FQ I have let my female kittens out before spaying but as you say you need to make sure you spay promptly. Please don't leave it till six months – a previous vet wrongly advised me to leave it and my kitten banged into season dead on six months (vet was promptly sacked). My kitten is four months old. I want to let her go outside, but we live in a city (Los Angeles), and are concerned about her catching diseases, and being safe in general. We are on a quiet street, and our other cats have been fine about not getting into trouble with traffic and the occasional raccoon, but we are concerned about when it would be. The first time you let your cat or kitten outside: The first few times you let your cat outside, it’s a good idea to go with them. Go outside and leave the door to the house open so that your cat is able to join you but can also quickly get back inside if they want. Take a food/toy reward out with you and sit down quietly.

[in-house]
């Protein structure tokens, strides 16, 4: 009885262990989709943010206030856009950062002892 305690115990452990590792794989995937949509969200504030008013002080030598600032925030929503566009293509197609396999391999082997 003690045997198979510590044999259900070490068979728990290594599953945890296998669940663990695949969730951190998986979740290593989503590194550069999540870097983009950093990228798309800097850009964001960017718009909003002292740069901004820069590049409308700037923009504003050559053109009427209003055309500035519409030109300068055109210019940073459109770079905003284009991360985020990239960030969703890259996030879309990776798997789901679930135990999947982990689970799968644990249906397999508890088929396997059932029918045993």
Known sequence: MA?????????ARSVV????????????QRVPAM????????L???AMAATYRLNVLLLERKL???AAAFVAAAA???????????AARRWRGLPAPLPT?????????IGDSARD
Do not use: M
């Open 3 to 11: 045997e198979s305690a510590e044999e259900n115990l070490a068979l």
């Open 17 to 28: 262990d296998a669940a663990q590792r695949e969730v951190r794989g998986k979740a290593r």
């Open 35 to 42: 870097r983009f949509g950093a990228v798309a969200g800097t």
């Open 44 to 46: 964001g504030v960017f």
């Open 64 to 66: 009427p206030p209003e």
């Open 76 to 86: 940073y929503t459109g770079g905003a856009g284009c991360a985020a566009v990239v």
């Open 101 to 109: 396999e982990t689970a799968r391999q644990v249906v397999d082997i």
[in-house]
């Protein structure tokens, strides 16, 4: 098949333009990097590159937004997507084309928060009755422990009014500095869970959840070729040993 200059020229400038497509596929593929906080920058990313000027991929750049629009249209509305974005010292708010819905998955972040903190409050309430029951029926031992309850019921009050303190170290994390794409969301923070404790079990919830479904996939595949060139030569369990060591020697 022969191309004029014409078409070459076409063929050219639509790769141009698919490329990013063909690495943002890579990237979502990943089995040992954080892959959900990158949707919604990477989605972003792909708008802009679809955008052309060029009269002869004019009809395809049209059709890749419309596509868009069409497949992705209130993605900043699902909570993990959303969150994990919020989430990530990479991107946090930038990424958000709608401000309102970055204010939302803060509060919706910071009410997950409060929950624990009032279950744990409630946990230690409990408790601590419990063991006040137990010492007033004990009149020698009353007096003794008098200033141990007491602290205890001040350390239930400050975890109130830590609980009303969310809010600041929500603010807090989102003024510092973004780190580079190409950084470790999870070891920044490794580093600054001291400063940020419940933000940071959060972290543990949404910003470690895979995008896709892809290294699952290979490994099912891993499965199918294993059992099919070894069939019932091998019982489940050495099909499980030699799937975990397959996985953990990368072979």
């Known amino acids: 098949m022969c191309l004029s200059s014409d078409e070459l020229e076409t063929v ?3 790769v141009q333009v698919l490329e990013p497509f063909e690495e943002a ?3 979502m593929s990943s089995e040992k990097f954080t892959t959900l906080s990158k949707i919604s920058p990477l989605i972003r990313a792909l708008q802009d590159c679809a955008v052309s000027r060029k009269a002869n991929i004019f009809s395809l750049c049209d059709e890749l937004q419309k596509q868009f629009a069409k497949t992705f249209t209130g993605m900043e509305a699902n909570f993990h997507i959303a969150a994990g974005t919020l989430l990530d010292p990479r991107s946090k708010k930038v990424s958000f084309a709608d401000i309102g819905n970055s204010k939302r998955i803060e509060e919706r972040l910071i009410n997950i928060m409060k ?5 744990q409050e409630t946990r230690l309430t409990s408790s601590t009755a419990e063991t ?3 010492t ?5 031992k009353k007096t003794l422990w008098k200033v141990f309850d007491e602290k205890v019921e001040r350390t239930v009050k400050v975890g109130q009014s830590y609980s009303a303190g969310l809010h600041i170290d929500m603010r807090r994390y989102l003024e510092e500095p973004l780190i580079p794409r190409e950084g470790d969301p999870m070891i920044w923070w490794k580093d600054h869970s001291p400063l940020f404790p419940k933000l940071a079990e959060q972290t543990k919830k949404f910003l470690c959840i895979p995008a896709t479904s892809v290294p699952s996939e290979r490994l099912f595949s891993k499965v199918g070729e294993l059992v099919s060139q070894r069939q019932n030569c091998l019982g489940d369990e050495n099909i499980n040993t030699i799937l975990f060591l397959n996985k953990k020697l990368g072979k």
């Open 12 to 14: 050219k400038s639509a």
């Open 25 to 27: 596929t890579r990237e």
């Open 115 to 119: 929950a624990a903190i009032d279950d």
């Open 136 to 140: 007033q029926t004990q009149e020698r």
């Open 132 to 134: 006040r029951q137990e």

Do not let him outside. In general I take a strong position on this matter. The dangers of the letting your cat play outside far outweigh any possible benefits. A properly equipped home can provide plenty of fun for a kitty cat. However, should you choose to let kitty play outside, I recommend either supervised play or enclosed gardens. And my friend's cat got pregnant at 5 months (the very first time she was let out of the house, wee soul) so I wouldn't let her out until she's been fixed either. Hope this helps – there is a fair bit of debate over the indoor-outdoor cat thing and the when-to-let-them-out thing as you've already discovered from some of the answers! My kitten did not like being outside until she was about 7 months, then she started going into the garden and gained confidence going over the fences, now she loves to be out & about (she's nearly 2). We didn't actually get her spayed for a while after but then she was doing that mating call thing so thought we'd better get her done!!